If I’m honest, I would’ve liked to have seen more of Ross and Gordon’s adventures in prehistory, rather than it all devolving in spy games with Russian time agents. Though much of what Norton shows of Iron Age Britain may be obsolete or have always been nonsense, she does have a good eye for the small, telling detail to make a world come alive and I would’ve liked to spent more time there. The plot itself is of course dated, especially because it is supposed to be set sometime in the near future, but after a while it didn’t bother me. If it would you, there’s an updated version brought out by Baen Books, if I’m not mistaken, which has updated the Cold War plots. I’m not sure that was needed.

The Time Traders was popular enough to spawn three sequels, two of which (but not the second) are also available at Gutenberg, as well as three much later continuations by Norton plus a junior writer. Again, not having read them, I’d be wary to try these latter. Famous writers revisiting popular series with the help of less famous writers never work out.

This review originally appeared on Martin’s Booklog.

The Halfling and Other Stories, Leigh Brackett

halflingThe Halfling and Other Stories, Leigh Brackett (1973)
Review by Martin Wisse

The Halfling and Other Stories is the sixth book I’ve read in the Year of Reading Women challenge I set myself after I’d noticed last year how few female written science fiction books I read. I had chosen this because it was something I hadn’t read before and I always liked Brackett. Unfortunately it turned out this was one of her lesser collections. The stories don’t fit well together, there’s no real theme to the collection and some are decidedly on the weak side.

It doesn’t help that the first two stories are basically the same. In both there’s the hard-bitten protagonist falling for a mysterious beautiful alien girl who he knows is trouble yet can’t help himself but get involved with, who then turns out to be evil. Worse, in both stories this girl is shown to be representative of her race, their evil part of their biology. It’s a bit… uncomfortable… shall we say, but unfortunately these sort of assumptions are build into the kind of planetary romances Leigh Brackett wrote.

As a genre planetary romance has always been a bit dodgy, an evolutionary offshoot of the Africa adventure story, with a lot of the same racist and colonial assumptions built in. So you have cringing Gandymedian natives, mysterious jungles and alien drums, crazed halfbreeds and all those other tropes recycled from Tarzan. Just because the native races are now Martian or Venusian and coloured green or red instead of black or yellow doesn’t make the assumptions behind them any less racist. There’s still the idea that the various alien races encountered have existential qualities that each and every member of such a race shares. Leigh Brackett is usually better than this, with those tropes present in her stories but never this blatant as in these first two stories. Her writing style and sense of atmosphere are still present, but the execution is pedestrian, unlike the Eric John Stark story also present.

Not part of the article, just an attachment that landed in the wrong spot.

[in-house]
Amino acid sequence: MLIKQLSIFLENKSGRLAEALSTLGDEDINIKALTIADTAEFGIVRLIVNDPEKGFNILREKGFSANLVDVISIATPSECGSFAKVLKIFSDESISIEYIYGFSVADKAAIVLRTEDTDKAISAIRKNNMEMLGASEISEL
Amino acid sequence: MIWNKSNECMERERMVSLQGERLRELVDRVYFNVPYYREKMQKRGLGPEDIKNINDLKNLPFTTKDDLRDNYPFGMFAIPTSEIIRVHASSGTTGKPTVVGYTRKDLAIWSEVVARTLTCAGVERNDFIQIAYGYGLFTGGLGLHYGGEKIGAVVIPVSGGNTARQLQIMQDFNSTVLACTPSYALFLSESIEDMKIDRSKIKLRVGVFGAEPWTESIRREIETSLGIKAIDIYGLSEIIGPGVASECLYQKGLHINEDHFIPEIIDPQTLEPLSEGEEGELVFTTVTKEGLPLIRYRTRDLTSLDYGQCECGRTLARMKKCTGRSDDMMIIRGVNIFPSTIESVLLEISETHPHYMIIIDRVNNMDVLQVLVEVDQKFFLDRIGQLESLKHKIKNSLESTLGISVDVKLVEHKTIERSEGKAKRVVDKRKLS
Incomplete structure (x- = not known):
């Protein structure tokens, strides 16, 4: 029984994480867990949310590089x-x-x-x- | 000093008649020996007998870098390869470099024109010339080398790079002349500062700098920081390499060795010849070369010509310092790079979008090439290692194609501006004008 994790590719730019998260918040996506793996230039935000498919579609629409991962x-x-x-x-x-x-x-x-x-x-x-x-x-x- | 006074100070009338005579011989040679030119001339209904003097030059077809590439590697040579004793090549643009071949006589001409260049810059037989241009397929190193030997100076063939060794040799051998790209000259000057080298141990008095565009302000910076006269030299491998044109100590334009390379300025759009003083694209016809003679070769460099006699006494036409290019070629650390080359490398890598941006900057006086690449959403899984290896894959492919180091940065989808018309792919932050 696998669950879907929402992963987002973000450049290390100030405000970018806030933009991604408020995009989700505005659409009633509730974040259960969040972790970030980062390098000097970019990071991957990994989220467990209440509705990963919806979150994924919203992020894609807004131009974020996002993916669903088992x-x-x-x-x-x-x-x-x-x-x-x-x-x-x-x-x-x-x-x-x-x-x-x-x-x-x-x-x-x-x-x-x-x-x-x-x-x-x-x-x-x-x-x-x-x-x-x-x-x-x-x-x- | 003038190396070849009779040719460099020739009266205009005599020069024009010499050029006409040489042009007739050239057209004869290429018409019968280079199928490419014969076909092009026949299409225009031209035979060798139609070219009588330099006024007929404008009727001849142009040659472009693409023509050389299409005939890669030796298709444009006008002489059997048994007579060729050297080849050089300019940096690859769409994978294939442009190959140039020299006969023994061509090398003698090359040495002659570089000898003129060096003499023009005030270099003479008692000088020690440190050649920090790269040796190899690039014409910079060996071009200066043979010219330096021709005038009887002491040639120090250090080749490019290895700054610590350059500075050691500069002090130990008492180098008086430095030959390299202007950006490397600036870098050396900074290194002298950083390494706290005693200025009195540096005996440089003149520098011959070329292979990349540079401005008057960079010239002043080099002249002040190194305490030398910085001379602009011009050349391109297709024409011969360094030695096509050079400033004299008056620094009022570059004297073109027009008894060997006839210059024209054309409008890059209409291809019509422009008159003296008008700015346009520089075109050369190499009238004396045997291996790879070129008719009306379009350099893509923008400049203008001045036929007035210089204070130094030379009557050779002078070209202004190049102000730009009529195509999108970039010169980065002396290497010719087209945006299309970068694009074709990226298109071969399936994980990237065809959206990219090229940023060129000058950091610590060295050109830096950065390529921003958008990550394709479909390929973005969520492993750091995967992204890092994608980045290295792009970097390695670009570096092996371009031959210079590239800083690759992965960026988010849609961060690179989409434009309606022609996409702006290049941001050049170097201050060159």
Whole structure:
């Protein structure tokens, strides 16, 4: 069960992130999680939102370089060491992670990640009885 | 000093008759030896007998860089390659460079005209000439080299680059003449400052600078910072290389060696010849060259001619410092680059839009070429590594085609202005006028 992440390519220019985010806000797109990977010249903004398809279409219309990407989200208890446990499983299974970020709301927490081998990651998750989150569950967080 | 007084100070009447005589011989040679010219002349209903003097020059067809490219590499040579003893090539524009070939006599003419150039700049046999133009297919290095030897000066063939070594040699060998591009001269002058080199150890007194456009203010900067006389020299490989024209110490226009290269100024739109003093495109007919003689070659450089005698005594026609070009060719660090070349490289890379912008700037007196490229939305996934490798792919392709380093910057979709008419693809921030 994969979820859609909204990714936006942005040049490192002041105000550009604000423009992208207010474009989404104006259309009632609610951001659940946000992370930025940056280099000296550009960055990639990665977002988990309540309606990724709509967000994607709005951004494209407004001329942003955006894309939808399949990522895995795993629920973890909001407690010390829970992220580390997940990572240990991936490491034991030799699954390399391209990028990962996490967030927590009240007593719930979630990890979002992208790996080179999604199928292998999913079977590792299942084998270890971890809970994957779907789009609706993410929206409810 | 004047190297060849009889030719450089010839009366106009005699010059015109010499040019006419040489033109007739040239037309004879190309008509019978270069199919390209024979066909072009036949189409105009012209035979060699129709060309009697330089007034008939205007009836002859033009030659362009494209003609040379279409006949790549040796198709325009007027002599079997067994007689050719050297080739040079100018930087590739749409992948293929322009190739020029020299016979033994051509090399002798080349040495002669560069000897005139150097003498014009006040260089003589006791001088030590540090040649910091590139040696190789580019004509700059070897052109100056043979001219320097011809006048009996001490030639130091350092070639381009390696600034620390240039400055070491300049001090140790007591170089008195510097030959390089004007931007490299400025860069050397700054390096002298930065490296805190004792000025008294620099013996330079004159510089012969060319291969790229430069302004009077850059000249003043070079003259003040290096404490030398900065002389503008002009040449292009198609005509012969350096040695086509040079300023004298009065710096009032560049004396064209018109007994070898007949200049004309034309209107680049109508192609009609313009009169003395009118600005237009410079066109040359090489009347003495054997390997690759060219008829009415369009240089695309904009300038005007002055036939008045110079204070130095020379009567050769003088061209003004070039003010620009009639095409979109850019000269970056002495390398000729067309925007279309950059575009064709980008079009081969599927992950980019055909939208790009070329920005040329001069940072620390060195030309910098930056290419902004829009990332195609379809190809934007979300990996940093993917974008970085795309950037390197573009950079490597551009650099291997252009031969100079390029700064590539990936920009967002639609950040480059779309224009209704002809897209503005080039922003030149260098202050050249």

It isn’t all planetary romance in this collection. In fact most of the stories here are rather classic sf puzzle stories, something I don’t really associate with Brackett. These stories are okay, but nothing special. The same goes for the whole collection. There aren’t any bad stories in here, but apart from ‘Enchantress of Venus’, the lone Stark story, there’s nothing really outstanding here either. Something for the completists.

‘The Halfling’ (1943). A beautiful alien dancer joins John Greene’s circus. And then the murders start…

‘The Dancing Girl of Ganymede’ (1950). A Terran adventurer down on his luck rescues a strange dancing girl from her would be assassins; his native helper does not like this. Only when he meets her brothers does he realises what a mistake he made…

‘The Citadel of Lost Ages’ (1950). A twentieth-century New Yorker is resurrected in the far future, once the Earth has stopped revolving around its axis and the mutated people from the nightside reign over the Earth…